6 SACRED HEART UNIVERSITY GRADUATE CATALOG sensory integrity and motor performance. Handling skills for the more involved patient will be included, as will implications of findings for referral to other health care practitioners. Students continue to examine how to use evidence in practice by developing an understanding of and ability to analyze and independently interpret the range of issues affecting statistical and clinical inference in a published research, including individual studies, systematic reviews and clinical practice guidelines. [Format: hour laboratories and 2 large group discussions per week (75 minutes each).] PT 632 Evaluation and Intervention II This course includes interpretation and implications of patient history, patient goals and examination data, including diagnostic imaging, to evaluation of the patient with neurologic problems, to diagnosis of movement dysfunction, to formulation of a prognosis and to planning appropriate interventions for the patient with neurologic involvement with consideration of best available evidence. The intervention options and implications for choices in the context of tutorial cases are discussed, for example, for problems with balance, gait, and motor function. Gait analysis are used as a support to the patient evaluation process. The implications of pharmacologic use and interactions on the nervous system and related structures are also included, as well as the role of assistive and adaptive devices in facilitating goal achievement. [Format: 1 large group discussion (75 minutes) and hour lab/seminars per week.] YEAR 1, SUMMER - 5 CH PT 740 Professional Practice 1 CH This three-day, all-day retreat provides students with the opportunity to explore fundamental issues of professionalism in physical therapy, patient communication and interaction, and professional ethics through readings, discussions, and small group activities. This seminar prepares students to enter full-time clinical education later in the summer. PT 651 Clinical Experience I This 8-week full-time supervised clinical experience takes place in an environment that has a predominant caseload of patients with musculoskeletal and/or neurologic problems. YEAR 2, SEMESTER 1-19 CH This semester focuses on the patient with movement dysfunction primarily due to cardiopulmonary or integumentary problems, as well as movement dysfunctions for the patient with complex and multisystem problems. Although PT 713 serves as the tutorial course, each of the courses use the patient cases from tutorial (some with additional information or modification) as the context for learning. Cases first presented in the tutorial are not necessarily used concurrently across courses, but are presented in a course context- specific manner. The courses are substantially interrelated and are, therefore, co-requisite to each other. Also included in this semester and tied to components of each course are 4 6 structured clinical exposures for each student per semester that serve as a mechanism for understanding clinical relevance to practice and patient care. Each structured clinical experience has an associated short writing assignment that will be used to facilitate achievement of the goals of the experience and to work on writing competence. PT 713 Structure and Function III 7 CH This tutorial-based course covers the structure and function of the normal and impaired cardiopulmonary and integumentary systems. Patient cases include not only problems of the cardiopulmonary 224 College of Health Professions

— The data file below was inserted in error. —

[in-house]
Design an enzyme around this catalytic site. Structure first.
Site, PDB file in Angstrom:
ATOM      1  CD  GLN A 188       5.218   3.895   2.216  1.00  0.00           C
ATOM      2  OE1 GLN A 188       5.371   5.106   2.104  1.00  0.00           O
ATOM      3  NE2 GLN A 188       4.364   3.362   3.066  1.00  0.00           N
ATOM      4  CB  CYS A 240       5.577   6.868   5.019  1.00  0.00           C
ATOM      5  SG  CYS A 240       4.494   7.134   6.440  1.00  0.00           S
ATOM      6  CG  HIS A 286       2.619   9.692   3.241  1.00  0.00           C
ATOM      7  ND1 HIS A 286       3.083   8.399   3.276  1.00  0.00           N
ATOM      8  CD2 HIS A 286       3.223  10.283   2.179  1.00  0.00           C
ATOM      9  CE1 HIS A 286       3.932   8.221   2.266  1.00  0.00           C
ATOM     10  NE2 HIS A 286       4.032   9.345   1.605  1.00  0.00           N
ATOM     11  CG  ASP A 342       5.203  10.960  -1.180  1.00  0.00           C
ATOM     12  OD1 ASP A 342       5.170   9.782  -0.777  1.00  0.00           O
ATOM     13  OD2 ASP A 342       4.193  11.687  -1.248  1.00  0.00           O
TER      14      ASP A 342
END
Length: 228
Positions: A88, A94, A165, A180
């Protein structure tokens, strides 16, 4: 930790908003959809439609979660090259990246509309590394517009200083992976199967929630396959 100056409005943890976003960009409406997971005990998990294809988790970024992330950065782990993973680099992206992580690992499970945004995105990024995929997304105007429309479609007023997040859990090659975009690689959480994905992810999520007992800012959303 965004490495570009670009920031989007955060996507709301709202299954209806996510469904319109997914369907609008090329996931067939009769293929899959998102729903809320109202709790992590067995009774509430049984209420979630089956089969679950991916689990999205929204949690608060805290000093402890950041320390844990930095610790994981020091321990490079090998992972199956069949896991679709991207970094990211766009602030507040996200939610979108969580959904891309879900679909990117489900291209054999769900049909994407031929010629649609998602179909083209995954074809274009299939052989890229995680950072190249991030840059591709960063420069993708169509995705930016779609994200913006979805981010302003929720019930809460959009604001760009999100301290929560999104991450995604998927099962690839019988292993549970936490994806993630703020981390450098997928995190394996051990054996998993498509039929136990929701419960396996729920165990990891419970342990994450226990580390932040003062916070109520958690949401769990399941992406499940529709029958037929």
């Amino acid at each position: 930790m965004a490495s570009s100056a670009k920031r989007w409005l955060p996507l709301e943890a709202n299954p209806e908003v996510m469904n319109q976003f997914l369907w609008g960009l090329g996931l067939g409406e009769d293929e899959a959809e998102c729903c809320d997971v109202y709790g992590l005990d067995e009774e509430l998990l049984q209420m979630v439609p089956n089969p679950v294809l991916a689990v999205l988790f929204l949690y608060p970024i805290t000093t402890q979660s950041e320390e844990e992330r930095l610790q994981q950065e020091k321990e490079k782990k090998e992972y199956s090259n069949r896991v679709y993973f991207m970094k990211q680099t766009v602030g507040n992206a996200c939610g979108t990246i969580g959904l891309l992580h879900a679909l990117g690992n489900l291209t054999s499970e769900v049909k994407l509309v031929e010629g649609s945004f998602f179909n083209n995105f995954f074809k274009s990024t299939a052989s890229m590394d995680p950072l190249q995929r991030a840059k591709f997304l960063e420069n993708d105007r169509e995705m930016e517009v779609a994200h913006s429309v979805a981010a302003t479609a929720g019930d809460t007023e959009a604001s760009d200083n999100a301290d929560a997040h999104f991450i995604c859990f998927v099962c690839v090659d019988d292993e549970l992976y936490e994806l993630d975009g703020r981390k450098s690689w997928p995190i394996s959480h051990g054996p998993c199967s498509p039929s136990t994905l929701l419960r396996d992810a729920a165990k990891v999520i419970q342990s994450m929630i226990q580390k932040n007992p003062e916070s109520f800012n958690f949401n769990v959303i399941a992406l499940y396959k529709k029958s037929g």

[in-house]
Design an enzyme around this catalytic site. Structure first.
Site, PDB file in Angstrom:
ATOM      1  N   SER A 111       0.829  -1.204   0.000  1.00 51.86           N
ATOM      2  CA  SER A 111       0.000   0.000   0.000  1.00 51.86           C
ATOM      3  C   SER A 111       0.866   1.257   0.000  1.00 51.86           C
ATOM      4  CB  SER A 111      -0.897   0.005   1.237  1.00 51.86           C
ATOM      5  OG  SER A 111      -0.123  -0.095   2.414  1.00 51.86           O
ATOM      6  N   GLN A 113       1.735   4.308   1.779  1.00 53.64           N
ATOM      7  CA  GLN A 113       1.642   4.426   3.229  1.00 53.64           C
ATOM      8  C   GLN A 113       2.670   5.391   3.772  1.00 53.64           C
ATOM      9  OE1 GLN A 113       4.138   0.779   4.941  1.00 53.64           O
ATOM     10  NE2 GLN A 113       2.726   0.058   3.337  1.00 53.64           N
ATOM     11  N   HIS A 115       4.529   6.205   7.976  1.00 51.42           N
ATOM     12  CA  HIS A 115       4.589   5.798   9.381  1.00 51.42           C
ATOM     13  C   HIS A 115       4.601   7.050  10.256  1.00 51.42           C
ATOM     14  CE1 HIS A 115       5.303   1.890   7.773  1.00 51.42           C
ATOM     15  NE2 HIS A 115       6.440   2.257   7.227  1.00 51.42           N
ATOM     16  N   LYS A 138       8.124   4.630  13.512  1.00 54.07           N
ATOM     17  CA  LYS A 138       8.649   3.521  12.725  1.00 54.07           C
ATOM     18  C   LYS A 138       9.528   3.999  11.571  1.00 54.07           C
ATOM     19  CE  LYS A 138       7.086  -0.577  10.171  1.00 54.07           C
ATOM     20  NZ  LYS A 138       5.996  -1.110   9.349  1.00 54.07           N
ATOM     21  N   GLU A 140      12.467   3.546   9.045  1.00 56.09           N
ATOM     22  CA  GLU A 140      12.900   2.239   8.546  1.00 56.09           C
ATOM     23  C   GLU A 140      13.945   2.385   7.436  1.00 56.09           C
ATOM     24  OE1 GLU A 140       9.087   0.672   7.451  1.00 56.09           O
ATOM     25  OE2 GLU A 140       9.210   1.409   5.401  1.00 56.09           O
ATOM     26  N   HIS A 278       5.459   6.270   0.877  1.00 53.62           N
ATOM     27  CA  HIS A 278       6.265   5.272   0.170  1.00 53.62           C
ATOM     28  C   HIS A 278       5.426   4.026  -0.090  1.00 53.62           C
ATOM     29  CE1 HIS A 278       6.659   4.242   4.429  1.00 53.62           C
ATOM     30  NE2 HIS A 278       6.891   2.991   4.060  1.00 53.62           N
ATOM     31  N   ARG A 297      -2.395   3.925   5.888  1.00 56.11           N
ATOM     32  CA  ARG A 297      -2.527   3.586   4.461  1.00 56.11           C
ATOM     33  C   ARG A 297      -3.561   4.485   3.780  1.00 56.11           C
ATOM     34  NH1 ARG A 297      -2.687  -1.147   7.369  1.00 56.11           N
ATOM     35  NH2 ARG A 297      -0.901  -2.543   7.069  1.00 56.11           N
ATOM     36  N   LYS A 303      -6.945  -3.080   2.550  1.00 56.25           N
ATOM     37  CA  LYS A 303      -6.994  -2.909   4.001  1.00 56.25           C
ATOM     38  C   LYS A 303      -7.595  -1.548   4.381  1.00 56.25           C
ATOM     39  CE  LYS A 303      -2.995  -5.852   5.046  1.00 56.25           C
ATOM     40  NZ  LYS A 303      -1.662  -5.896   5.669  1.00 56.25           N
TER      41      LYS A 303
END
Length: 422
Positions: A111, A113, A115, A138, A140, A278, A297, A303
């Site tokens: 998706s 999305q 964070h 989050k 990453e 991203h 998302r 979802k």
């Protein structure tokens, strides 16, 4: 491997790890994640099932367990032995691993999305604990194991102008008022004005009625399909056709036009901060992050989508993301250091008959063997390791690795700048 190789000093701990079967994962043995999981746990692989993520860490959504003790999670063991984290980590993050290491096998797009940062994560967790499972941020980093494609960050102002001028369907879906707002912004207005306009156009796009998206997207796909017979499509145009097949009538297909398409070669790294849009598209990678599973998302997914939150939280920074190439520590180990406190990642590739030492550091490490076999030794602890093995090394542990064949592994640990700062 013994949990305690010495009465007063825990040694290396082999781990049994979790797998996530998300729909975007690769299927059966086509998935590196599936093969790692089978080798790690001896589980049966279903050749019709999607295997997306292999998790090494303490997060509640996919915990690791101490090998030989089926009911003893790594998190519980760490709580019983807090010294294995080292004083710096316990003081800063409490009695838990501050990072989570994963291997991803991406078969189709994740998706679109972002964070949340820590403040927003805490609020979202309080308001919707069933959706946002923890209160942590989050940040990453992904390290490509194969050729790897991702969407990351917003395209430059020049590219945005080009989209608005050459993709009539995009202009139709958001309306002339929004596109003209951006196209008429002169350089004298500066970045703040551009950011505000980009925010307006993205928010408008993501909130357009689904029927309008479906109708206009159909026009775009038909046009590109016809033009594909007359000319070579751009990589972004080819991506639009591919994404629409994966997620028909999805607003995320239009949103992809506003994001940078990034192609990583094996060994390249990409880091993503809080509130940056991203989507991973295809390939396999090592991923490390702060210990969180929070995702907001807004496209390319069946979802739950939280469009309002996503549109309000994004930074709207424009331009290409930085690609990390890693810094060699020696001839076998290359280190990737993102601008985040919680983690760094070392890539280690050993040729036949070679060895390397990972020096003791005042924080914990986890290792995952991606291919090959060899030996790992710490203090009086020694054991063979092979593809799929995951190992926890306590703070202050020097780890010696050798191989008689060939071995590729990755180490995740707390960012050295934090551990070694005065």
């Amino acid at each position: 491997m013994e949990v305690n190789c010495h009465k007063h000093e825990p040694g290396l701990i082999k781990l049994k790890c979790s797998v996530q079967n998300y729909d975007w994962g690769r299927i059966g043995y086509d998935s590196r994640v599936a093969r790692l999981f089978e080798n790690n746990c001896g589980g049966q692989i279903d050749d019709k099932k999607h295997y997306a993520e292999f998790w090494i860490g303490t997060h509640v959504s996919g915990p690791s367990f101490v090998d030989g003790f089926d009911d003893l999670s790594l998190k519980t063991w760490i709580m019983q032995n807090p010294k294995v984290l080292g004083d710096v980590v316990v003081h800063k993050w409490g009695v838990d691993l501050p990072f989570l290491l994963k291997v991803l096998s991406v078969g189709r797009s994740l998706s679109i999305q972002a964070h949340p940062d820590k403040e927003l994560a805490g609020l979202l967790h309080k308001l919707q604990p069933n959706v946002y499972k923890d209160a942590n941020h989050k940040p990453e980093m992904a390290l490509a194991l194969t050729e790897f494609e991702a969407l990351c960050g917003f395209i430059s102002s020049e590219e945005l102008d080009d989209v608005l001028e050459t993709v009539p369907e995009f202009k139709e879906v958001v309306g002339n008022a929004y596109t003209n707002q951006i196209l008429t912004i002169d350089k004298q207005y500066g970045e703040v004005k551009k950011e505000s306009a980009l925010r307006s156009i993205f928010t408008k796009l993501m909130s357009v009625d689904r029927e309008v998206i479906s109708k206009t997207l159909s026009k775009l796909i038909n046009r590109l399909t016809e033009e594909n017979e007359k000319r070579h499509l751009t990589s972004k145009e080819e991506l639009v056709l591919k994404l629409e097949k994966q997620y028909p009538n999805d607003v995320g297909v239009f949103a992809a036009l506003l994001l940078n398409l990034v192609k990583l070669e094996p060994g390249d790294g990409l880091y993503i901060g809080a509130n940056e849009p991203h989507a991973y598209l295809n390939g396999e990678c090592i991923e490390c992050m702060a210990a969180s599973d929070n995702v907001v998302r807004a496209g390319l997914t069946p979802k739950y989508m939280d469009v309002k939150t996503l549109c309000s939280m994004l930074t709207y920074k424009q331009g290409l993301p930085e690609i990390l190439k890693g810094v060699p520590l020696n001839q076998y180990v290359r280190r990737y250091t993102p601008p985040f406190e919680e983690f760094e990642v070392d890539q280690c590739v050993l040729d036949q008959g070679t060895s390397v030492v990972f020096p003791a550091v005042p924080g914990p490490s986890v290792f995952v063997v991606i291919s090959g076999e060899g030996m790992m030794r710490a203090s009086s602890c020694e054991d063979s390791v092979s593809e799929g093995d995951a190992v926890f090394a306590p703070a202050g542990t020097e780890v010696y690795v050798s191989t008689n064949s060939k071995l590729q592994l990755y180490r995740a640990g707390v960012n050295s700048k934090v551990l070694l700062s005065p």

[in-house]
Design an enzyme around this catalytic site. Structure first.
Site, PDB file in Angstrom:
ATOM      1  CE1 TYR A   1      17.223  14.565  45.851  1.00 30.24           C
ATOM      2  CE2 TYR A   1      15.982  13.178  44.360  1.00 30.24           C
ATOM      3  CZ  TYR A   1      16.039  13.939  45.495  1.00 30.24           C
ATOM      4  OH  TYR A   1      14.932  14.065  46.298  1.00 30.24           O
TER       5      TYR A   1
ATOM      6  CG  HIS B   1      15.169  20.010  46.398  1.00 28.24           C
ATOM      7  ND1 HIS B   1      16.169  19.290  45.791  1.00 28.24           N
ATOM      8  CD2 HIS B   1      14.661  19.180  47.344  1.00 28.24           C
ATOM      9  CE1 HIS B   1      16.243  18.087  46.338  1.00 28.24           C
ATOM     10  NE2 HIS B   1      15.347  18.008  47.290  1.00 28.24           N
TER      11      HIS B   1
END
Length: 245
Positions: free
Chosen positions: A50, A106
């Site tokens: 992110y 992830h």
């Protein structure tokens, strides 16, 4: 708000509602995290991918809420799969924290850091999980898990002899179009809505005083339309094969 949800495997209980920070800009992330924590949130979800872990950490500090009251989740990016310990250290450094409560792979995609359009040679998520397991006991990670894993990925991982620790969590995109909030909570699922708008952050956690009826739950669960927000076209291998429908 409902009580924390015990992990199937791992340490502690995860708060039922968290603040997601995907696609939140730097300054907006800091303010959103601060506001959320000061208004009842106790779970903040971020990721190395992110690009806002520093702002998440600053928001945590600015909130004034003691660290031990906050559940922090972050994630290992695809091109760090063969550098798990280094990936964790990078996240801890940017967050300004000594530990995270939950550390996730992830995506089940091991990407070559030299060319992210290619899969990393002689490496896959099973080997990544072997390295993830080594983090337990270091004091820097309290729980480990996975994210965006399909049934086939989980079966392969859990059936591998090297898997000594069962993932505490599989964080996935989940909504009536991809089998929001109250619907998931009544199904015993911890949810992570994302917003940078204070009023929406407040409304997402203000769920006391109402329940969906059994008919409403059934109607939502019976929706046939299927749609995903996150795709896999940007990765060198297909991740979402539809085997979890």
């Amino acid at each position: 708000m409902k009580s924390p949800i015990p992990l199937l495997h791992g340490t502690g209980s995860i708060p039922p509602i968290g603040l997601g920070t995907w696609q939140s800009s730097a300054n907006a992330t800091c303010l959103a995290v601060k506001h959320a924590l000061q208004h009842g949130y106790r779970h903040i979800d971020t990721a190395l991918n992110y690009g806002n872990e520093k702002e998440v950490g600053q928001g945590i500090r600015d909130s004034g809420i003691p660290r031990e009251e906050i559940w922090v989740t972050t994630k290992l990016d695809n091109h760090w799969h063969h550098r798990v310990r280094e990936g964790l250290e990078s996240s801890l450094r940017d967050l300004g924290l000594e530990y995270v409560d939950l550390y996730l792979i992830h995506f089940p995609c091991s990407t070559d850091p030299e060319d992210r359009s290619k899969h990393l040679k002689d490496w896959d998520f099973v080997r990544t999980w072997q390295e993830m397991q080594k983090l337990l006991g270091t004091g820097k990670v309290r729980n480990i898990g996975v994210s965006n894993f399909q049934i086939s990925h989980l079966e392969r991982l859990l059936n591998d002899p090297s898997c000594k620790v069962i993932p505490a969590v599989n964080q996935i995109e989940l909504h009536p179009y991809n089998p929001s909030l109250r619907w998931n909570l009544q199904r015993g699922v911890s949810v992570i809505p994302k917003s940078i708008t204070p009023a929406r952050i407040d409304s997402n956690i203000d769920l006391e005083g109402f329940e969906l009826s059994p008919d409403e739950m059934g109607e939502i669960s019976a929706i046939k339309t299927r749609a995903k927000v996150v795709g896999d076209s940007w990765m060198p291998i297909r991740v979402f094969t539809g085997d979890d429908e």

7 SACRED HEART UNIVERSITY GRADUATE CATALOG and integumentary systems, but also the patient with complex, multisystem problems such as amputation, cancers, chronic pain, and frailty. The interactive effects of normal, pathological, developmental or age-related and environmental influences on the ability to perform activities of daily living and on response to exercise are considered. The implications of pharmacologic use and interactions on the relevant systems and on exercise tolerance are also. [Format: 2 3-hour tutorials per week and 3 large group discussions per week (75 minutes each).] PT 723 Examination and Documentation III In the context of tutorial-based cases, students continue with clinical tests and measurements to assess ventilation, respiration, circulation, aerobic capacity, and endurance for patients with problems of the cardiopulmonary and integumentary systems, as well as special tests and measurements that might apply to the frail patient, patients with cancer, or patients with amputation being considered for prosthetic intervention. Students develop an understanding of how patient data and documentation systems are used to develop diagnostic codes and patient classification systems that direct patient care, support interprofessional communication and provide a rationale for the patient s plan of care. Diagnostic screening and implications of findings for referral to other health care practitioners are also included. Development of a mini-proposal build skills in applying evidence to practice. [Format: 1 large group discussion (75 minutes) and 2 3-hour lab/ seminars per week.] PT 733 Evaluation and Intervention III 3 CH This tutorial-based course looks at clinical decision-making for the patient with cardiopulmonary dysfunction, the more complex patient and the patient with multisystems involvement. Intervention options, rationales and implications for choices in patient groups are considered. The impact of lifespan issues, family/cultural/ societal support systems and expectations, and health care resource limitations are also considered in the context of how these affect evaluation, prognosis and intervention for a patient. Patient advocacy issues relative to obtaining equipment and support services are included. Also included in this semester and tied to components of each course are 4 to 6 structured clinical exposures for each student per semester that serve as a mechanism for understanding clinical relevance to practice and patient care. Each structured clinical experience has an associated short writing assignment that is used to facilitate achievement of the goals of the experience and to work on writing competence. [Format: 1 large group discussion (75 minutes) and 2 2-hour lab/ seminars per week.] PT 741 Professional Practice II 2 CH This course uses tutorial-based cases to examine the roles and responsibilities of the physical therapist as a professional. Scope of physical therapy practice is explored, including the role and responsibilities of other members of the health care team, responsibilities in referral to other health care professionals and in delegation to and supervision of support personnel. Ethical guidelines and conflicts are considered along with factors affecting patient, family and interprofessional communication. Patient and family educational issues are examined in the context of optimizing short- and long-term outcomes [Format: 1 large group discussion (150 minutes each) per week.] PT 743 Grand Rounds I 2 CH Students work in small groups utilizing clinical case scenarios typical of patients with complex medical problems affecting the cardiovascular, pulmonary, integumentary systems and immune systems. Students apply an evidence-based analysis of the College of Health Professions 225